Our brains are constantly using past data to try and predict future outcomes. If you have lots of bad data from growing up in a dysfunctional family or suffered some kind of trauma or abuse, sometimes your responses aren’t going to be appropriate to the current situation.
For example, because my dad was so unpredictable, when he was annoyed about something it could quickly escalate into something very volatile. So when someone close to me is annoyed, my brain screams “danger!”, and will often overreact. It’s gotten much better, but it has taken tremendous effort to reprogram those responses.
As a recovering “people pleaser”, I often feel like it’s my job to try and fix other people’s moods. A big reason for this is because growing up, I had to be conscientious of my dad’s emotions because if I didn’t, I could end up being beaten. I had to be on guard all the time and find ways to soothe him or make him happy to keep myself safe.
So does this mean that you should just be calloused and not care about how other feel? I mean it’s their emotions to deal with, right? I think there is a fine balance between not taking on other emotions and being an ass. Humans are always trying to subtly and not so subtly manipulate and persuade each other. Most times it’s harmless and often beneficial. But there are those that try to emotionally manipulate others to try and take advantage of them. Blaming others for their moods or for the problems in their lives, throwing tantrums, and guilt tripping are all things that I’ve seen people do to each other, and I’ve done my fare share of it as well.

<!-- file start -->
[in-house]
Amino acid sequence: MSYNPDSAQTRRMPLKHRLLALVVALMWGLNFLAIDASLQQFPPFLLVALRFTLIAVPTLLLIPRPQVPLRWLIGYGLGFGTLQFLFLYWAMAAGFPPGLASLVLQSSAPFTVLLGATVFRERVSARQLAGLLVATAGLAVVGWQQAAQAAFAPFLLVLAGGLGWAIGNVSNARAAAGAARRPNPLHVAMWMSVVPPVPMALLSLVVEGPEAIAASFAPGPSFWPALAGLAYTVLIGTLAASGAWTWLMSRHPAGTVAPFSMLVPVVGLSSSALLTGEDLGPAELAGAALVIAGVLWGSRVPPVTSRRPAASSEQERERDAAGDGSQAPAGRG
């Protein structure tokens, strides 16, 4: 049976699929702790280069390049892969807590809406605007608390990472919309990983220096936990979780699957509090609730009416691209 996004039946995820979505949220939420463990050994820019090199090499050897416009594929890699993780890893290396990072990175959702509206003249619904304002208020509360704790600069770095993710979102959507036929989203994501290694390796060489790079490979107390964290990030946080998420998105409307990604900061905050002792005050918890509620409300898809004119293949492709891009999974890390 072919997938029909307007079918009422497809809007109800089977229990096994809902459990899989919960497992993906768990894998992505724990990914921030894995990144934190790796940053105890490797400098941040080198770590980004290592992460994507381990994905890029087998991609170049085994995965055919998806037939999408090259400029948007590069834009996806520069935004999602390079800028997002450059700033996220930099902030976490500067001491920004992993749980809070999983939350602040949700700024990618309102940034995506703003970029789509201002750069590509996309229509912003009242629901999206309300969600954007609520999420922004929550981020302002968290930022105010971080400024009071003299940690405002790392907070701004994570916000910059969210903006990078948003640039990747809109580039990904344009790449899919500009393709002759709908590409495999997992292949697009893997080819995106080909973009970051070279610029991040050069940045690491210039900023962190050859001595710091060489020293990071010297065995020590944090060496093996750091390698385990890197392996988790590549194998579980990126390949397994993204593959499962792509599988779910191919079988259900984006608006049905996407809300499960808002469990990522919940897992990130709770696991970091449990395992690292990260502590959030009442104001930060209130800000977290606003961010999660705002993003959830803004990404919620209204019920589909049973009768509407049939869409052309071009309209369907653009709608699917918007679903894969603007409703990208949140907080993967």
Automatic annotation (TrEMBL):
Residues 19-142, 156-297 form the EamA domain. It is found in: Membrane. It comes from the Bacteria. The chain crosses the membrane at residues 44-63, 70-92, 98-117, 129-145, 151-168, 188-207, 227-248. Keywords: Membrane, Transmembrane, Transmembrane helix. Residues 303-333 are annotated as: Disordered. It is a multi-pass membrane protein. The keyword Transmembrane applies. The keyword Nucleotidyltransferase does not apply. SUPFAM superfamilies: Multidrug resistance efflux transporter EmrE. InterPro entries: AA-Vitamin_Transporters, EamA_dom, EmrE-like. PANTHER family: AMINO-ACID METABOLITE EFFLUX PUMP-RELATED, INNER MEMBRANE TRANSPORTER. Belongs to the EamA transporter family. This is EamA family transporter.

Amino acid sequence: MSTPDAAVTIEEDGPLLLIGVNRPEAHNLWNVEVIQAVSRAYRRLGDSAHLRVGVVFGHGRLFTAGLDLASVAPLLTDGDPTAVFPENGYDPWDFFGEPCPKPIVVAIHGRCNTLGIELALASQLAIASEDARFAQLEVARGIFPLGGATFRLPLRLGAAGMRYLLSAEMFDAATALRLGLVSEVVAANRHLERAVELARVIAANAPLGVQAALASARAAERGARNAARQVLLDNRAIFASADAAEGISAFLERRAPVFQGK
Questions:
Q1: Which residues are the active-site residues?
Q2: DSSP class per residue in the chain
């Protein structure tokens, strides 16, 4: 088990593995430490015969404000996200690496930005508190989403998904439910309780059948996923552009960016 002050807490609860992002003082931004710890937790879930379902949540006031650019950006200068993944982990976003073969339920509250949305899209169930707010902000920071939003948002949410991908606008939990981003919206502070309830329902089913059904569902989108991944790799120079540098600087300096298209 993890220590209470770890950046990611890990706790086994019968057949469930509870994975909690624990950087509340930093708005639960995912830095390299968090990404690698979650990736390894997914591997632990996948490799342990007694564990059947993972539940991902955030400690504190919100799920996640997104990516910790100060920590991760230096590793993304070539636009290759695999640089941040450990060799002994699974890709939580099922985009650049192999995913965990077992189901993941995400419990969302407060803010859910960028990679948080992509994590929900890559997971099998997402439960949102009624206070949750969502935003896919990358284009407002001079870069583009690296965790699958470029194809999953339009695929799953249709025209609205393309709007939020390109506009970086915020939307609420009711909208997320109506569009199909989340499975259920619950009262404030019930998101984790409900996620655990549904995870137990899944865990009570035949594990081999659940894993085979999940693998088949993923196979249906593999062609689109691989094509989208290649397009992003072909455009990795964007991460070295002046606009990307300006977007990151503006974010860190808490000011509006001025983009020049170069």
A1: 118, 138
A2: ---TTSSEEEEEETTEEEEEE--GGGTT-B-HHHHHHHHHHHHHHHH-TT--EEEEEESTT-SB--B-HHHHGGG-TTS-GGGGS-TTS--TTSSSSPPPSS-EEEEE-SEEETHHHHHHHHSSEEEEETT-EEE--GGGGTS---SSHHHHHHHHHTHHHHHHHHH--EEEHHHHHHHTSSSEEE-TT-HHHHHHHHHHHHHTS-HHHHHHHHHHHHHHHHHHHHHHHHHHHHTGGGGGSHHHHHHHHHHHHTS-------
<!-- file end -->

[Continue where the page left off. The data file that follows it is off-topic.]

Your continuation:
It is our own opinions that disturb us. Take away these opinions then, and resolve to dismiss your judgment about an act as if it were something grievous, and your anger is gone.
So how can we get better about not taking on others emotions and not taking things personally? By taking responsibility for your own emotional management, and encouraging others to do so as well. When you are responsible for your emotions, you have a good handle on where those lines are. You don’t take responsibility for emotions and actions that are not yours.
When you take the blame for things that you have no control over, it does little to really solve an issue. This also robs others of the chance to take responsibility for themselves. Each of us need to be clear about what is ours to manage, and was is not.
The other thing is that you can’t fix someone else’s emotions anyway. The stoics teach us pretty clearly that out thinking is what distresses us. If the other person is upset abr something, it’s their perspective on things that is causing their distress, and it’s something they need to figure out. What we can do on our side is support them and do our best to reign in our emotions to help defuse situations whenever possible.
We’ve all been on both sides of arguments where we blame others for how we feel, and have had other blame us for how they’re feeling. Neither of these perspectives do a very good job of helping us manage ourselves and support others. When we practice being a little more dispassionate and to quit taking things personally, the more we’ll be able to be in control of ourselves, and support others in managing their own emotions, which helps create more emotionally balanced relationships, and helps each of us be a little more kind and patient with each other.